## Prime residues

If n and a are coprime integers then there are infinitely many primes equal to a mod n. This is usually referred to as Dirichlet’s theorem, a result in analytic number theory. For certain combinations of n and a there also exist “elementary” proofs. In this post we will give proofs for any odd n and $a = \pm 1$ and indicate how a proof can be obtained for other specific cases. These results go at least as far back as Issai Schur. Let’s start with

For any positive integer n there are infinitely many primes 1 mod n.

If a prime p does not divide n and q is a power of p then $X^n-1$ does not have double roots in the field $\mathbb{F}_q$. This follows from the relation $n X^{n-1} X - n(X^n-1) = n$ since for a double root $\alpha$ both $n \alpha^{n-1}$ and $\alpha^n-1$ are zero. The polynomial $X^n-1$ factors as a product of cyclotomic polynomials

$X^n-1 = \displaystyle \prod_{d | n} \Phi_d(X).$

In particular the minimal polynomial for a primitive n-th root of unity is the cyclotomic polynomial $\Phi_n(X) \in \mathbb{Z}[X]$.  If a prime p coprime to n divides $\Phi_n(m)$ for some $m \in \mathbb{Z}$ then $\Phi_n$ has a root in $\mathbb{F}_p$ and this must be a primitive n-th root of unity since $X^n-1$ has no double roots in $\mathbb{F}_p$. The multiplicative order of any element in $\mathbb{F}_p^{\ast}$ must divide $|\mathbb{F}_p^{\ast}| = p-1$ so in particular $n | p-1$. This shows that p is 1 mod n. Now an infinite number of primes appear as a divisor of some number in $\{ \Phi_n(m) \;|\; m \in \mathbb{Z} \}$. This follows for example from an Euclid type of argument. Since only a finite number of these primes can divide n there are an infinite number equal to 1 mod n. The elementary argument for prime residue -1 is less known. I will sketch a proof that paves our way for other residues as well.

For any integer n > 2 there are infinitely many primes equal to -1 mod n.

Let $\zeta$ be a primitive n-th root of unity in a field F and factor the cyclotomic polynomial $\Phi_n$ as follows

$\Phi_n(X) = \displaystyle \prod_k (X - \zeta^k)(X-\zeta^{-k}) = \prod_k (X^2-(\zeta^k + \zeta^{-k})X+1)$

where the product is taken over all $1 \leq k < n/2$ that are coprime with n (so a total of $\phi(n)/2$ quadratic factors). Because $X^n-1$ has no double roots in F all these factors are distinct. If m is coprime with n then the field automorphism that maps $\zeta$ to $\zeta^m$ permutes these factors. This permutation fixes a factor exactly when m is $\pm 1$ mod n (in which case it fixes all factors). If F is $\mathbb{F}_q$ for some prime power $q = p^d$ then the Frobenius automorphism $x \mapsto x^p$ fixes a factor exactly if $\zeta + \zeta^{-1} \in \mathbb{F}_p$. Combining these observations shows that the property $p = \pm 1$ mod n is equivalent to $\zeta + \zeta^{-1} \in \mathbb{F}_p$ for any prime p coprime to n. Let $P \in \mathbb{Z}[X]$ be the minimal polynomial of $\zeta + \zeta^{-1}$ over $\mathbb{Q}$. If a prime p is coprime to n and divides $P(m)$ for some integer m then $P$ has a root in $\mathbb{F}_p$ and so $p = \pm 1$ mod n. This almost completes the proof. Again there are infinitely many primes that divide some value $P(m)$ but now we also have to know that infinitely many of those are -1 mod n. In this case that can be concluded (with some effort) from the fact that $P$ has both positive and negative values on $\mathbb{Q}$ since all its roots are real.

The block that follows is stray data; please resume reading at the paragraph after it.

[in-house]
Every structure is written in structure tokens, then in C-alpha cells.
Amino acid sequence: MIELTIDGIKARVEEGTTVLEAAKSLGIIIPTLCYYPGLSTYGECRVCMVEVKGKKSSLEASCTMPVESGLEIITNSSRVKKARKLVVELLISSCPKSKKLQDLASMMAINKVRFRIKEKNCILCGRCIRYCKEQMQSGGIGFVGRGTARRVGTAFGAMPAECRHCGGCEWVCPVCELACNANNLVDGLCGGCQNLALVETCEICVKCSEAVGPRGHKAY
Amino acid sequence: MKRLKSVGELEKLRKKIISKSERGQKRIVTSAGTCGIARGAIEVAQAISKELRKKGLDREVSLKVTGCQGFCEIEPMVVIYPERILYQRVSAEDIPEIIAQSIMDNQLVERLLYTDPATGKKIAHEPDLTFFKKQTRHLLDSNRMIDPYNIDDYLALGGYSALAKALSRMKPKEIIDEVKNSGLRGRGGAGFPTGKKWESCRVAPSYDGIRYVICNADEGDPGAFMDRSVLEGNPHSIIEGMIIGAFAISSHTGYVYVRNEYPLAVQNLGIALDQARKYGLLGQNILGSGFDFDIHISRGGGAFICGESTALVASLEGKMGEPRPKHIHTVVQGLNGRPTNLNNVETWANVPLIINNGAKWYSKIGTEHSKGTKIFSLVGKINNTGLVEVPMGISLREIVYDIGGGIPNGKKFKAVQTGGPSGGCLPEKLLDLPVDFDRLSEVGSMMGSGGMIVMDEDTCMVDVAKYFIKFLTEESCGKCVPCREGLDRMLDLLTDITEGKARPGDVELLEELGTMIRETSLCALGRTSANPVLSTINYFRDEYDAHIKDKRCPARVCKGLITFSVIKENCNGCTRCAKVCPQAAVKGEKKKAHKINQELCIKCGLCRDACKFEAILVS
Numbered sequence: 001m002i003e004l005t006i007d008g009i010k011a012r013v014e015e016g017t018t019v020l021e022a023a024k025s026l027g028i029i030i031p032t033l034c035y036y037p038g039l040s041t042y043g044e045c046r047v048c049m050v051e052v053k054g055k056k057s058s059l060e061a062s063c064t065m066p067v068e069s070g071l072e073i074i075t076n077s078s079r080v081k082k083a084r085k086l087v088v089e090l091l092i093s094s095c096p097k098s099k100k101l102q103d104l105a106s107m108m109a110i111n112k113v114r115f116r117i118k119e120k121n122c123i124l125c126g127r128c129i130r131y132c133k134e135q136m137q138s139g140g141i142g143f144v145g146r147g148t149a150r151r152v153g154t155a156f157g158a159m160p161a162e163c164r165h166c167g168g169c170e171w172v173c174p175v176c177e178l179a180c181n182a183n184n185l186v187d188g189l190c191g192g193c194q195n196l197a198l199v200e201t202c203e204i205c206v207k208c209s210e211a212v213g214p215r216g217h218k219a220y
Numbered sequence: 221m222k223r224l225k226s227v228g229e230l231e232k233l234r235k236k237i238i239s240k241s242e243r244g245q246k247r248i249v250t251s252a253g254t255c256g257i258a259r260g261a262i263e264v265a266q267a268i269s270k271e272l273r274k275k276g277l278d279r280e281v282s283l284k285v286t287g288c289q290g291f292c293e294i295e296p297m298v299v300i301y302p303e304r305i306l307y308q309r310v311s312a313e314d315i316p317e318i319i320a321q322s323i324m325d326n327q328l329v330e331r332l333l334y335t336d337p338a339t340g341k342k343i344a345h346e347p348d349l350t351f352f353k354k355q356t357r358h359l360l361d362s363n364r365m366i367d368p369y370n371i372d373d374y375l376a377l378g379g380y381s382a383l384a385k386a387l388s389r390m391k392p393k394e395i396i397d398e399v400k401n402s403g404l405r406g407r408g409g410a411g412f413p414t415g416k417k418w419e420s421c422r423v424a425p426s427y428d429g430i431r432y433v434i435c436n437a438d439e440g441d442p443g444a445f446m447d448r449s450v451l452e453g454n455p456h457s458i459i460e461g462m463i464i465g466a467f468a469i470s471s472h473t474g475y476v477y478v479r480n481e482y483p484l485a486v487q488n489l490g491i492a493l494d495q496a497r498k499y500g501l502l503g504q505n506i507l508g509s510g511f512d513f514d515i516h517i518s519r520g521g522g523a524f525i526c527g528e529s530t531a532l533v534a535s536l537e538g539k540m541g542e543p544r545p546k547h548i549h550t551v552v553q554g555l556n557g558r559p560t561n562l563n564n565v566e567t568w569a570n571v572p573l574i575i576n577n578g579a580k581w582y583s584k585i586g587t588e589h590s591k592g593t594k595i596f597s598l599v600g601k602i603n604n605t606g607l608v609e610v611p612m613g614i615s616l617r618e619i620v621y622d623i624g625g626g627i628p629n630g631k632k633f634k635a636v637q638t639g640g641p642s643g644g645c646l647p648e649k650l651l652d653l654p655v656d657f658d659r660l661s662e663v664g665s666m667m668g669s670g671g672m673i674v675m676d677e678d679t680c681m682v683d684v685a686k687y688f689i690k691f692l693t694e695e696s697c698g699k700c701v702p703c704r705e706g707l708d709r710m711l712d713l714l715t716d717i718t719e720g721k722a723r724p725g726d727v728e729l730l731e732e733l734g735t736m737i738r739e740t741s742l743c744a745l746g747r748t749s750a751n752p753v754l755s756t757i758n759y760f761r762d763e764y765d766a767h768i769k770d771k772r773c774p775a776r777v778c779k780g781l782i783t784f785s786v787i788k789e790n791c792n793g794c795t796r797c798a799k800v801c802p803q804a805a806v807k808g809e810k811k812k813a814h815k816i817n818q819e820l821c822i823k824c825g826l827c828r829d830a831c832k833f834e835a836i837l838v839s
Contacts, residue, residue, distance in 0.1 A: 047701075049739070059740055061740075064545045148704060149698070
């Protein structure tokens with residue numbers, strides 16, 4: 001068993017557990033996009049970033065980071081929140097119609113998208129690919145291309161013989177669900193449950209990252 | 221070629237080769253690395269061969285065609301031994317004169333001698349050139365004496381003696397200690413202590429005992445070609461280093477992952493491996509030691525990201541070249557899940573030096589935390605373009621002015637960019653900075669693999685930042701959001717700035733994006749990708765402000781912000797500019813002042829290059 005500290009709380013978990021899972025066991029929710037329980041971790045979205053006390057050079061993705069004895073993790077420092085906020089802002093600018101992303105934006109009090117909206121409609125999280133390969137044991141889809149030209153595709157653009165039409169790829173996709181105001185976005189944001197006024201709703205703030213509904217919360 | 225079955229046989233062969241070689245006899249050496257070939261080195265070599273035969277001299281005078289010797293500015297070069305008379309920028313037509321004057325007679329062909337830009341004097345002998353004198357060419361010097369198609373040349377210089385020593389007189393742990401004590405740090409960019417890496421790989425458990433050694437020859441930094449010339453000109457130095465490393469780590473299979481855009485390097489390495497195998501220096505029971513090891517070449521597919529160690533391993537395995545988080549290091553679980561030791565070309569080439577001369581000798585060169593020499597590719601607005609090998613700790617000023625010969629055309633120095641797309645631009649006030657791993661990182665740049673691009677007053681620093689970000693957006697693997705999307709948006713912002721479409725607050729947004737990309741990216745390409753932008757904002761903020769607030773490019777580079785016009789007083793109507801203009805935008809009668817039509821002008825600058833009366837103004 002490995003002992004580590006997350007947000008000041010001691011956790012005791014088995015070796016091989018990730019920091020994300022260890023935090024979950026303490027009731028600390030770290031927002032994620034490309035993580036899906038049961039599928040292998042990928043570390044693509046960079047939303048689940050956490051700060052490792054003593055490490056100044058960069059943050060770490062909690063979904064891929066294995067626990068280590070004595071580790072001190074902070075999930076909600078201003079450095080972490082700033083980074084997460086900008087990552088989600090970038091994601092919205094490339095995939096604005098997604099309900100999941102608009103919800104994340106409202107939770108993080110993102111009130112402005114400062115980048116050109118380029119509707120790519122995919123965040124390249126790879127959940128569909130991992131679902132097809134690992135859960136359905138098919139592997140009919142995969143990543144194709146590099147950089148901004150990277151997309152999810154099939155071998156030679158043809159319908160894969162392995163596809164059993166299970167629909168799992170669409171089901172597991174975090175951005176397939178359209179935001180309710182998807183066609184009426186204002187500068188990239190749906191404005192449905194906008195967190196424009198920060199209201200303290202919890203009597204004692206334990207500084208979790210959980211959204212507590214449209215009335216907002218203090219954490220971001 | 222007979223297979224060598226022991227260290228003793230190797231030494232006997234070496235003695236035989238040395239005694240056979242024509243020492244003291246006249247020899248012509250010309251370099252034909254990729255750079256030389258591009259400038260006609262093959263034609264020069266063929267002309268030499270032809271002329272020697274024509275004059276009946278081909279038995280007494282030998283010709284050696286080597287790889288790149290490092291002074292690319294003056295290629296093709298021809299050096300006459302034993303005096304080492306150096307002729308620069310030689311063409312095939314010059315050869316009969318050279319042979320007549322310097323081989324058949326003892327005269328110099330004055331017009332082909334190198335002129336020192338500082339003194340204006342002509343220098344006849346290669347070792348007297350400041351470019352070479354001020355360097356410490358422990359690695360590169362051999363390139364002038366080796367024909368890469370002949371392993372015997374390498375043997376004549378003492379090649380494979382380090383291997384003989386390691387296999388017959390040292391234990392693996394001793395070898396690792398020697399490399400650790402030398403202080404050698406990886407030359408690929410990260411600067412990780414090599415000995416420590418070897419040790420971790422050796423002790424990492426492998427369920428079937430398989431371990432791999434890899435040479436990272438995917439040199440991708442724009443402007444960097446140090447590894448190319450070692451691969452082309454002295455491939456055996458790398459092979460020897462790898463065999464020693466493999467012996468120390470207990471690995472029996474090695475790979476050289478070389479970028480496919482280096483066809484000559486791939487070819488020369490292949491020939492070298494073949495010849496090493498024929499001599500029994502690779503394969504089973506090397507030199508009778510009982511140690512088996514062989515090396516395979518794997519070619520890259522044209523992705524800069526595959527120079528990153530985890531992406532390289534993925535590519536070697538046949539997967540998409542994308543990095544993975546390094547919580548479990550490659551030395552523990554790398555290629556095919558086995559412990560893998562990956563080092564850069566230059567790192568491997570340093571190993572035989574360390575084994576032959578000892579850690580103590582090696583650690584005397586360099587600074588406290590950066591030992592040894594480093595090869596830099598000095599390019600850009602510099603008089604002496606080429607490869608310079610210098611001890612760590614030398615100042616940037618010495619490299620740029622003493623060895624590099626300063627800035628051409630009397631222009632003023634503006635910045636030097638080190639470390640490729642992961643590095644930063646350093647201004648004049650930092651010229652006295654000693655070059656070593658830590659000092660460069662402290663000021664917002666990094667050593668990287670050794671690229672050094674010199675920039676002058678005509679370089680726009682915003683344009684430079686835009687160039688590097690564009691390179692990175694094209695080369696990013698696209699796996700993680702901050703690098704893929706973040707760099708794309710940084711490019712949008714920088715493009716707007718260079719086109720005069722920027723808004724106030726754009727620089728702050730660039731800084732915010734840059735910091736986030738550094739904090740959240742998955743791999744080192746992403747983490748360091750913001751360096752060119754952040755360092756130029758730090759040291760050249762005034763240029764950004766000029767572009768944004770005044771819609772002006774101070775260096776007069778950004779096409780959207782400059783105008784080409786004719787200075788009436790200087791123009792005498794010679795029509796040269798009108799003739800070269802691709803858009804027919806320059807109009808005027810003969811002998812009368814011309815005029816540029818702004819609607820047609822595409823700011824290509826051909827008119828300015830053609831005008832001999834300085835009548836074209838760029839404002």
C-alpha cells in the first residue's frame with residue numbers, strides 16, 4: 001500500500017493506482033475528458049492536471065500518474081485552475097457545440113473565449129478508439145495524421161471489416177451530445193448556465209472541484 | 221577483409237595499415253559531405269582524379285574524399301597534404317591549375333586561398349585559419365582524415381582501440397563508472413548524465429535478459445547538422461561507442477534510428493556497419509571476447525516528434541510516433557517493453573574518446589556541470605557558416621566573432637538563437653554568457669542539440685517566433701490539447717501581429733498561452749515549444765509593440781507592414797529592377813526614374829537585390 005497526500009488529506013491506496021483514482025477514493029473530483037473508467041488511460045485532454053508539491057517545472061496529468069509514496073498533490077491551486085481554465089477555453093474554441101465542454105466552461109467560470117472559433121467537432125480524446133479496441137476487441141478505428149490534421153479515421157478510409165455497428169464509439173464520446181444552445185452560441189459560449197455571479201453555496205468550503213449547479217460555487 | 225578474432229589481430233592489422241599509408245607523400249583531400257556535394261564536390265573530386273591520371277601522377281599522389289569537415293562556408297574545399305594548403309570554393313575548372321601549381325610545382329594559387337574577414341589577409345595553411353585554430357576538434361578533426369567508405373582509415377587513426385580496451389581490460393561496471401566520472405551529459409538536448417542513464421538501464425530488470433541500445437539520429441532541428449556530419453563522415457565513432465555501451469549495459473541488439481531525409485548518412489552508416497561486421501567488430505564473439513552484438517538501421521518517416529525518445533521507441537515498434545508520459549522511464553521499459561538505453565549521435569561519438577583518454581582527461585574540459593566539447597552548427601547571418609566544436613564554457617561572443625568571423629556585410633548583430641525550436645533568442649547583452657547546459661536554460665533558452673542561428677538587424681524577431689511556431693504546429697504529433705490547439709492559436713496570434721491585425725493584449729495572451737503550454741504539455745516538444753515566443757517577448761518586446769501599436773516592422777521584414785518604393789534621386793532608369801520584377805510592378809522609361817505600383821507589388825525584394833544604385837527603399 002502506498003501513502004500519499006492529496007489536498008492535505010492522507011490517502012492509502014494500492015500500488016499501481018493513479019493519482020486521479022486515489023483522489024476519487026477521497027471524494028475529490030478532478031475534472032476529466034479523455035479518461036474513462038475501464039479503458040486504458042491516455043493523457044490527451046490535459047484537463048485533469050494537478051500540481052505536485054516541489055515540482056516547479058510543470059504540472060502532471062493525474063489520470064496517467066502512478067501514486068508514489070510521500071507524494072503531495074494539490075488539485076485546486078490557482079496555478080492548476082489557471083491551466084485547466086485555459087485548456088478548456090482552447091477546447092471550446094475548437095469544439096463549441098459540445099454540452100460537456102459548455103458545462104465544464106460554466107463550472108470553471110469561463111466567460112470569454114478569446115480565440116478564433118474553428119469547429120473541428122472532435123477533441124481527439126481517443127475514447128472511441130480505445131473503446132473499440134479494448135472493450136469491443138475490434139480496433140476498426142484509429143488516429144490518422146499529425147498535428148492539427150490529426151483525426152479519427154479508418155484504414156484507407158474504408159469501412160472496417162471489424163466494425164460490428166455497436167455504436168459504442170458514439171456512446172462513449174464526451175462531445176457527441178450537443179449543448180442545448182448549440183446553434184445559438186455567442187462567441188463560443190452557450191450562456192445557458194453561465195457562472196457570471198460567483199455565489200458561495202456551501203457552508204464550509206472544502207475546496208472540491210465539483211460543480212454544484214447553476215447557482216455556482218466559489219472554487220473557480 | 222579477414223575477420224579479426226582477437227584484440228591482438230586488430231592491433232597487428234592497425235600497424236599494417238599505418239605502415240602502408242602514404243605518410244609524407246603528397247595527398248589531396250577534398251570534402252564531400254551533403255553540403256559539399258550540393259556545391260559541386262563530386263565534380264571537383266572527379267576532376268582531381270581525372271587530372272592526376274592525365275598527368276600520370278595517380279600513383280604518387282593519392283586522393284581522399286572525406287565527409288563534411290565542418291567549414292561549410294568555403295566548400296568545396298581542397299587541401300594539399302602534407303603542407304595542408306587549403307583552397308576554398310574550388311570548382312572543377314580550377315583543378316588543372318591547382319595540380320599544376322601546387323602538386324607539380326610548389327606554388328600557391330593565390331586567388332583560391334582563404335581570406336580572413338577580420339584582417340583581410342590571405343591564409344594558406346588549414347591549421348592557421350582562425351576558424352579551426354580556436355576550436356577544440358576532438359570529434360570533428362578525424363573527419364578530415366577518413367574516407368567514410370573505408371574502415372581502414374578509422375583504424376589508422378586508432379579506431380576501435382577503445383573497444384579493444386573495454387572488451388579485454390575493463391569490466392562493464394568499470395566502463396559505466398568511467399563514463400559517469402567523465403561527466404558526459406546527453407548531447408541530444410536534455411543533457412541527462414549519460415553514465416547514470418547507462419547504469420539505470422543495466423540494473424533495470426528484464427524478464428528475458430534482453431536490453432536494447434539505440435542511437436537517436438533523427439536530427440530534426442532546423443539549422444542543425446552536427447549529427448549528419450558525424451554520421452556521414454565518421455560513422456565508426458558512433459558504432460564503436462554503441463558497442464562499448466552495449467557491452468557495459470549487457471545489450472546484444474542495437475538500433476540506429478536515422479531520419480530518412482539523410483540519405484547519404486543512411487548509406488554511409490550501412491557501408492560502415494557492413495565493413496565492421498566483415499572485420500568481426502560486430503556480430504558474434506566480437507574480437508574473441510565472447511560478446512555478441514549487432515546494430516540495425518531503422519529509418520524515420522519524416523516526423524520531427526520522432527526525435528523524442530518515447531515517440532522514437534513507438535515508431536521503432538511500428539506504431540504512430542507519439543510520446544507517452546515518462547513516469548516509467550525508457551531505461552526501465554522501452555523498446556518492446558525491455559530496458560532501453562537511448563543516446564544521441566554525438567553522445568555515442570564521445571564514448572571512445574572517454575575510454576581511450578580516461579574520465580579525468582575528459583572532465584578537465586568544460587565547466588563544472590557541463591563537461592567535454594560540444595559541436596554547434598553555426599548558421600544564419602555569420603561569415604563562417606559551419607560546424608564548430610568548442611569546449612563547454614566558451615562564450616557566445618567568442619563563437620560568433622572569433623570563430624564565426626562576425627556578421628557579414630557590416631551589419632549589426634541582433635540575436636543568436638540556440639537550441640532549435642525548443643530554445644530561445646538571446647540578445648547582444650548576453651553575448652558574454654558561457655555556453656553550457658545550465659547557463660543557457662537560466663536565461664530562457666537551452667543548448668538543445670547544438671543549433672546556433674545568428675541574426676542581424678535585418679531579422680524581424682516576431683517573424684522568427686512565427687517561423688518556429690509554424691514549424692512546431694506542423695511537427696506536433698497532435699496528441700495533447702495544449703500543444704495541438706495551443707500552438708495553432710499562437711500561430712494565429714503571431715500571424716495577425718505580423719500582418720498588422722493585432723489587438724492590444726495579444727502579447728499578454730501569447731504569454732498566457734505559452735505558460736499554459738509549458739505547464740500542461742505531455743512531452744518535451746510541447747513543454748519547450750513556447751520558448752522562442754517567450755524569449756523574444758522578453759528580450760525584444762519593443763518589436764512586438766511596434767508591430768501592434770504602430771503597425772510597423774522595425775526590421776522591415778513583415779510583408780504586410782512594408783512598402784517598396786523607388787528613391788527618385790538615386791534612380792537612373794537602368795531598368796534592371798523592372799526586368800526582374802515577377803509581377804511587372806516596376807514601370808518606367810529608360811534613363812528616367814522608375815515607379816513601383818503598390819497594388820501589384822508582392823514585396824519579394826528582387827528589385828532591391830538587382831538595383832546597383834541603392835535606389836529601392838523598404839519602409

Let’s try this for n=5. Then $P(X) = X^2 + X - 1$ and starting at m=1 the first ten values $P(m)$ are

$1, 5, 11, 19, 29, 41, 5 \times 11, 71, 89, 109$

and 19, 29, 89 and 109 are all -1 mod 5. This argument for residue -1 was taken a bit further by Issai Schur and I will conclude with only a hint of his work.

Let n be a positive integer and $\mathbb{Z}_n^{\ast}$ the group of invertible numbers mod n. Let $G \subset \mathbb{Z}_n^{\ast}$ be a subgroup and $H = \mathbb{Z}_n^{\ast}/G$. Let

$f(X) = \displaystyle \prod_{m \in G} (X - \zeta^m) = c_0 + c_1X + \dotsc + X^{|G|}$

and let $\alpha$ be a generator such that $\mathbb{Q}(c_0, c_1, \dotsc, c_{|G|-1}) = \mathbb{Q}(\alpha)$. For $h \in H$ let $\sigma_h$ be a field automorphism that maps $\zeta$ to $\zeta^m$ for some m in the coset h. Then the cyclotomic polynomial $\Phi_n$ can be factored as

$\Phi_n(X) = \displaystyle \prod_{h \in H} \sigma_h f(X)$

and all factors are distinct. The Frobenius automorphism of $\mathbb{F}_q$ where $q = p^d$ fixes a (all) factors exactly if the residue class of p is an element of G. This happens (except for some finite number of primes) exactly when the minimal polynomial $P \in \mathbb{Z}[X]$ of $\alpha$ has a root in $\mathbb{F}_p$. In particular if $b^2 \equiv 1$ mod n and $G = \langle b \rangle$ then this procedure produces a polynomial $P$ such that any prime divisor p of $P(m)$ is equal to 1 or b mod n with only a finite number of exceptions. However, in general there is no easy way to see that there must be inifinitely many primes with residue b. Nevertheless in particular cases this can often be seen. As an example take n=8 and b=3. Then

$\Phi_8(X) = (X^2-\sqrt{-2}X - 1)(X^2+\sqrt{-2}X-1)$

and the minimal polynomial of $\sqrt{-2}$ is $X^2+2$. Starting at m=1 the first ten values $P(m)$ are

$3, 2 \times 3, 11, 2 \times 3^2, 3^3, 2 \times 19, 3 \times 17, 2 \times 3 \times 11, 83, 2 \times 3 \times 17$

and 3, 11, 19 and 83 are 3 mod 8. In this case the only “exceptional” prime is 2 which is a divisor of 8.